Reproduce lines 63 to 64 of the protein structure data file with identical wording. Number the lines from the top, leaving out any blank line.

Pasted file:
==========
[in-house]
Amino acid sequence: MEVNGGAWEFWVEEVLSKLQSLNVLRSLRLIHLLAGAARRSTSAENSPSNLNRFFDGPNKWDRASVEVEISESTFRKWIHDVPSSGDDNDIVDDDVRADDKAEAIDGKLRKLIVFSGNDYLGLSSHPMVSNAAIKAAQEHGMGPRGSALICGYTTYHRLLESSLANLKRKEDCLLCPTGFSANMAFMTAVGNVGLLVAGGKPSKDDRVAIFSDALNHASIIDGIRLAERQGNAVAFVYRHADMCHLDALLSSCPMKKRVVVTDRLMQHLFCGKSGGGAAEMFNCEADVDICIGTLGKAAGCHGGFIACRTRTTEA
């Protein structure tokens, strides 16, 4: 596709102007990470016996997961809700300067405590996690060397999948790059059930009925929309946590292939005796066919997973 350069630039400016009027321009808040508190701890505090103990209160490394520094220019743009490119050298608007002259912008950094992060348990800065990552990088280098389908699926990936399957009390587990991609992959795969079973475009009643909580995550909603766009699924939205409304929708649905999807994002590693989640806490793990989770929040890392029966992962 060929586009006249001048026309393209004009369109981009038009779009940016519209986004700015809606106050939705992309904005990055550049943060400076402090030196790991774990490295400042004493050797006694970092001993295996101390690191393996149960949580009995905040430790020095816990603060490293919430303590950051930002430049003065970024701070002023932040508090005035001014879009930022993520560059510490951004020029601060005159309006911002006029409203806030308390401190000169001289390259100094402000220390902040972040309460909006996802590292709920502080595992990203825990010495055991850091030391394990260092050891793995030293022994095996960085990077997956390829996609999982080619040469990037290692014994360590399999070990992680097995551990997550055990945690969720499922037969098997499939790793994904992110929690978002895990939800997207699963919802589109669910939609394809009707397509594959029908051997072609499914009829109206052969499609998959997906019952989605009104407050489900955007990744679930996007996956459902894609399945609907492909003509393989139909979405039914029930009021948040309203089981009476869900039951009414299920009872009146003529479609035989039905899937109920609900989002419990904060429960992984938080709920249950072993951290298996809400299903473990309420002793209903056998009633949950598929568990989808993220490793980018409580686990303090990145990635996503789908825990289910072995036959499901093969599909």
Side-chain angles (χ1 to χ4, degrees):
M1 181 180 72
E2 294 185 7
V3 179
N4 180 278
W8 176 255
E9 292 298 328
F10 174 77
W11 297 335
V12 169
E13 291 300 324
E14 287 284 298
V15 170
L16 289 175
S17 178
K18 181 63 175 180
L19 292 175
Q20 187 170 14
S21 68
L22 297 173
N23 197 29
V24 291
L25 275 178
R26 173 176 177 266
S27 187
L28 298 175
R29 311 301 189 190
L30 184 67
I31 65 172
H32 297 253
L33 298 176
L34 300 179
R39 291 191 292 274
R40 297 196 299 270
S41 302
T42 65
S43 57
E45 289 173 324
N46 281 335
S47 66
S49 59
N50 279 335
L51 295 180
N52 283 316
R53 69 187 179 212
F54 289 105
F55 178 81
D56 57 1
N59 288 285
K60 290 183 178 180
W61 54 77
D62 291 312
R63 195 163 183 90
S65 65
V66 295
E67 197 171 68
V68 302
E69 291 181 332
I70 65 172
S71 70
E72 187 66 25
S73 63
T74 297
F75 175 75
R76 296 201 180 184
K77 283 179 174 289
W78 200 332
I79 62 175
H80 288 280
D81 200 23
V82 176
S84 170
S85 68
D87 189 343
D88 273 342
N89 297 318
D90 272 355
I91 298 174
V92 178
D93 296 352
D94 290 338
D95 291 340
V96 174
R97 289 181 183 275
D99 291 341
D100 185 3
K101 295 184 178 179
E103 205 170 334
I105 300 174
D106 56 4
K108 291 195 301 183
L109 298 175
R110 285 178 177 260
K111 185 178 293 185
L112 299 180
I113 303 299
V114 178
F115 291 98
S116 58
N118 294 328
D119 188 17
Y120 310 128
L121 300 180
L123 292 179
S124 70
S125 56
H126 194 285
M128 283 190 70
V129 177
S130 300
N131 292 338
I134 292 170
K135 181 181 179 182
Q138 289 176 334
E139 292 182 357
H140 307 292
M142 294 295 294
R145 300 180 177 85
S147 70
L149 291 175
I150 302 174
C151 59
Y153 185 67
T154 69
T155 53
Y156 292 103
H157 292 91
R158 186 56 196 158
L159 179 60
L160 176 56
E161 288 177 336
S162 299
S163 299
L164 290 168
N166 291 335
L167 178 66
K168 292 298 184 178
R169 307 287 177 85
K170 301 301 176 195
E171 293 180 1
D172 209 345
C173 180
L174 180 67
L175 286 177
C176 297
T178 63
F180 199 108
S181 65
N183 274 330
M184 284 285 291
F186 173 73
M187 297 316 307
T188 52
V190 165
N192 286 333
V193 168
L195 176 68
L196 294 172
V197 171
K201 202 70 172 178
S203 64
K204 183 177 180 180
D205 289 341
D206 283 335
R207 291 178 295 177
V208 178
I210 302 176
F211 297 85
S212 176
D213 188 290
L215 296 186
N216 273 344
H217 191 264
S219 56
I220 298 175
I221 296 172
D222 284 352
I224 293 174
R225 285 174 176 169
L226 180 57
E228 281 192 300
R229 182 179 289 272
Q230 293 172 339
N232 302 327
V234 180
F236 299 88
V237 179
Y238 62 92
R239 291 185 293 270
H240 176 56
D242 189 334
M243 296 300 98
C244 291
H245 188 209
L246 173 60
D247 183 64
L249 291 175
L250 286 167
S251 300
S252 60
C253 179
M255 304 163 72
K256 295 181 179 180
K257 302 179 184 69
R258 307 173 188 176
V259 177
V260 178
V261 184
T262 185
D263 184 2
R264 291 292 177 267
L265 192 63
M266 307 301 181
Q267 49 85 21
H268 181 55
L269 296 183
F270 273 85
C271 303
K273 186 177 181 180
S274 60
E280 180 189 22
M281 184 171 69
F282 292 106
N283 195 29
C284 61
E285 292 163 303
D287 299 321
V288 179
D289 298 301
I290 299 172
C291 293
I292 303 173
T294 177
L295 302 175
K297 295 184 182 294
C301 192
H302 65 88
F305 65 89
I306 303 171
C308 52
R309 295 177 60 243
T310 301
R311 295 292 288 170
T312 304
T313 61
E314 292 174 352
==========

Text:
S71 70
E72 187 66 25